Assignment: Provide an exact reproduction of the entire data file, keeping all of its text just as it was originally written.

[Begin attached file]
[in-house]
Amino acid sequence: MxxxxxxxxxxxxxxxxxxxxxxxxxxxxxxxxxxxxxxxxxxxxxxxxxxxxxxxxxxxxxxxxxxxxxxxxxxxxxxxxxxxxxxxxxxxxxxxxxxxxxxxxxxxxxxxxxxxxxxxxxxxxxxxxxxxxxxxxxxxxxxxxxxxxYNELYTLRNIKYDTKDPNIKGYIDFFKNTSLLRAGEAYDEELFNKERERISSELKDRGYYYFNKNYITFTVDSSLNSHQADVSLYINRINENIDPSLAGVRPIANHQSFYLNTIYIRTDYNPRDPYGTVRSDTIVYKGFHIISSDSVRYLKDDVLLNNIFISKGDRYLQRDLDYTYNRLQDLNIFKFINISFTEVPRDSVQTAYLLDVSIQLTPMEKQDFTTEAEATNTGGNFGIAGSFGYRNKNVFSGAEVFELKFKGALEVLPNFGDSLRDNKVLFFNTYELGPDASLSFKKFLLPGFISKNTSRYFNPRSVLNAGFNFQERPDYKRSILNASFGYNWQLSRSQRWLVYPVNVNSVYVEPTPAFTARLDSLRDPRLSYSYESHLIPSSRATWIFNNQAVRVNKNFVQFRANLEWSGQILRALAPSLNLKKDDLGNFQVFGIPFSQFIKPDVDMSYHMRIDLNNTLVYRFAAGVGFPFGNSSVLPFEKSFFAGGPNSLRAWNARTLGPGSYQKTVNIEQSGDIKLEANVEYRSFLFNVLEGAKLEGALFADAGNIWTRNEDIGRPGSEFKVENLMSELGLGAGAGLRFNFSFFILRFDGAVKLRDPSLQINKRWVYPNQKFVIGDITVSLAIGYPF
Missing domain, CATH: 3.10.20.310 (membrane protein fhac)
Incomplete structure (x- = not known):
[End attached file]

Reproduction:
[in-house]
Amino acid sequence: MxxxxxxxxxxxxxxxxxxxxxxxxxxxxxxxxxxxxxxxxxxxxxxxxxxxxxxxxxxxxxxxxxxxxxxxxxxxxxxxxxxxxxxxxxxxxxxxxxxxxxxxxxxxxxxxxxxxxxxxxxxxxxxxxxxxxxxxxxxxxxxxxxxxxYNELYTLRNIKYDTKDPNIKGYIDFFKNTSLLRAGEAYDEELFNKERERISSELKDRGYYYFNKNYITFTVDSSLNSHQADVSLYINRINENIDPSLAGVRPIANHQSFYLNTIYIRTDYNPRDPYGTVRSDTIVYKGFHIISSDSVRYLKDDVLLNNIFISKGDRYLQRDLDYTYNRLQDLNIFKFINISFTEVPRDSVQTAYLLDVSIQLTPMEKQDFTTEAEATNTGGNFGIAGSFGYRNKNVFSGAEVFELKFKGALEVLPNFGDSLRDNKVLFFNTYELGPDASLSFKKFLLPGFISKNTSRYFNPRSVLNAGFNFQERPDYKRSILNASFGYNWQLSRSQRWLVYPVNVNSVYVEPTPAFTARLDSLRDPRLSYSYESHLIPSSRATWIFNNQAVRVNKNFVQFRANLEWSGQILRALAPSLNLKKDDLGNFQVFGIPFSQFIKPDVDMSYHMRIDLNNTLVYRFAAGVGFPFGNSSVLPFEKSFFAGGPNSLRAWNARTLGPGSYQKTVNIEQSGDIKLEANVEYRSFLFNVLEGAKLEGALFADAGNIWTRNEDIGRPGSEFKVENLMSELGLGAGAGLRFNFSFFILRFDGAVKLRDPSLQINKRWVYPNQKFVIGDITVSLAIGYPF
Missing domain, CATH: 3.10.20.310 (membrane protein fhac)
Incomplete structure (x- = not known):